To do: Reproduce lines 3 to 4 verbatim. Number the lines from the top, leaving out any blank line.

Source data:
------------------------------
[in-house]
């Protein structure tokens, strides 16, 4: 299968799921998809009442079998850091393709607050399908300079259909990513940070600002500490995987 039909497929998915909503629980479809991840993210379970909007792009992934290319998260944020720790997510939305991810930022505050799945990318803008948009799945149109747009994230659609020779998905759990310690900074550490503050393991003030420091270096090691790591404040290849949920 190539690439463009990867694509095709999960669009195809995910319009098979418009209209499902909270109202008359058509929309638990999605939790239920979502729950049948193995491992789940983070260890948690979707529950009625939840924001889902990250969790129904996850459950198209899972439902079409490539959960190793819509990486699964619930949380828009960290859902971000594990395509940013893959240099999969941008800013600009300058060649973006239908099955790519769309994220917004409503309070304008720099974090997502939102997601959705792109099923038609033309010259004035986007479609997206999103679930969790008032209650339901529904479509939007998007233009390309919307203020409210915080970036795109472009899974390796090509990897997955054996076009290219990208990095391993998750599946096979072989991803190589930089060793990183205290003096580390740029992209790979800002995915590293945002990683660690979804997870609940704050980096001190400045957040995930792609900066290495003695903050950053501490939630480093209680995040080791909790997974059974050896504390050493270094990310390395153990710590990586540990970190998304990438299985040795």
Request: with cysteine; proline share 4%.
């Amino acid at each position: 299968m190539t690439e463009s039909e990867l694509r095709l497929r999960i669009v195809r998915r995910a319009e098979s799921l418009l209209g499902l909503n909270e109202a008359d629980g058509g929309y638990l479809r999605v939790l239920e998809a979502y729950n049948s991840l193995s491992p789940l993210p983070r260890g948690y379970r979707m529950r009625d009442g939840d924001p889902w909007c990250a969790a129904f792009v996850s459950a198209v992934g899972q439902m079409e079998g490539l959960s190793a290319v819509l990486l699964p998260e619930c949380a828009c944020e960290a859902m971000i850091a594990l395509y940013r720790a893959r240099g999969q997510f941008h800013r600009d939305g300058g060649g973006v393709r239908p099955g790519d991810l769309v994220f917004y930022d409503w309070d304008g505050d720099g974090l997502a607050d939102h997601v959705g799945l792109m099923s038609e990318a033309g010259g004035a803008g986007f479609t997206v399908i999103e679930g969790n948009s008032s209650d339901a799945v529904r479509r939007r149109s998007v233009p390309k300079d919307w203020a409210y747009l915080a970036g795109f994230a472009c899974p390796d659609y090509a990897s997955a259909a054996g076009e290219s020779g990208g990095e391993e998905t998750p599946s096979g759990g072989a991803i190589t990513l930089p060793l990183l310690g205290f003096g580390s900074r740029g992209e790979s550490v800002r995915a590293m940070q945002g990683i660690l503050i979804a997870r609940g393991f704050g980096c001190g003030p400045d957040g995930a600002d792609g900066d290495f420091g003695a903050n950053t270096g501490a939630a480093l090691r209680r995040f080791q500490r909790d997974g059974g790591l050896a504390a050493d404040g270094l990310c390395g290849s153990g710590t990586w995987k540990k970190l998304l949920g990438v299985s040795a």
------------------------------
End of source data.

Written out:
Request: with cysteine; proline share 4%.
């Amino acid at each position: 299968m190539t690439e463009s039909e990867l694509r095709l497929r999960i669009v195809r998915r995910a319009e098979s799921l418009l209209g499902l909503n909270e109202a008359d629980g058509g929309y638990l479809r999605v939790l239920e998809a979502y729950n049948s991840l193995s491992p789940l993210p983070r260890g948690y379970r979707m529950r009625d009442g939840d924001p889902w909007c990250a969790a129904f792009v996850s459950a198209v992934g899972q439902m079409e079998g490539l959960s190793a290319v819509l990486l699964p998260e619930c949380a828009c944020e960290a859902m971000i850091a594990l395509y940013r720790a893959r240099g999969q997510f941008h800013r600009d939305g300058g060649g973006v393709r239908p099955g790519d991810l769309v994220f917004y930022d409503w309070d304008g505050d720099g974090l997502a607050d939102h997601v959705g799945l792109m099923s038609e990318a033309g010259g004035a803008g986007f479609t997206v399908i999103e679930g969790n948009s008032s209650d339901a799945v529904r479509r939007r149109s998007v233009p390309k300079d919307w203020a409210y747009l915080a970036g795109f994230a472009c899974p390796d659609y090509a990897s997955a259909a054996g076009e290219s020779g990208g990095e391993e998905t998750p599946s096979g759990g072989a991803i190589t990513l930089p060793l990183l310690g205290f003096g580390s900074r740029g992209e790979s550490v800002r995915a590293m940070q945002g990683i660690l503050i979804a997870r609940g393991f704050g980096c001190g003030p400045d957040g995930a600002d792609g900066d290495f420091g003695a903050n950053t270096g501490a939630a480093l090691r209680r995040f080791q500490r909790d997974g059974g790591l050896a504390a050493d404040g270094l990310c390395g290849s153990g710590t990586w995987k540990k970190l998304l949920g990438v299985s040795a």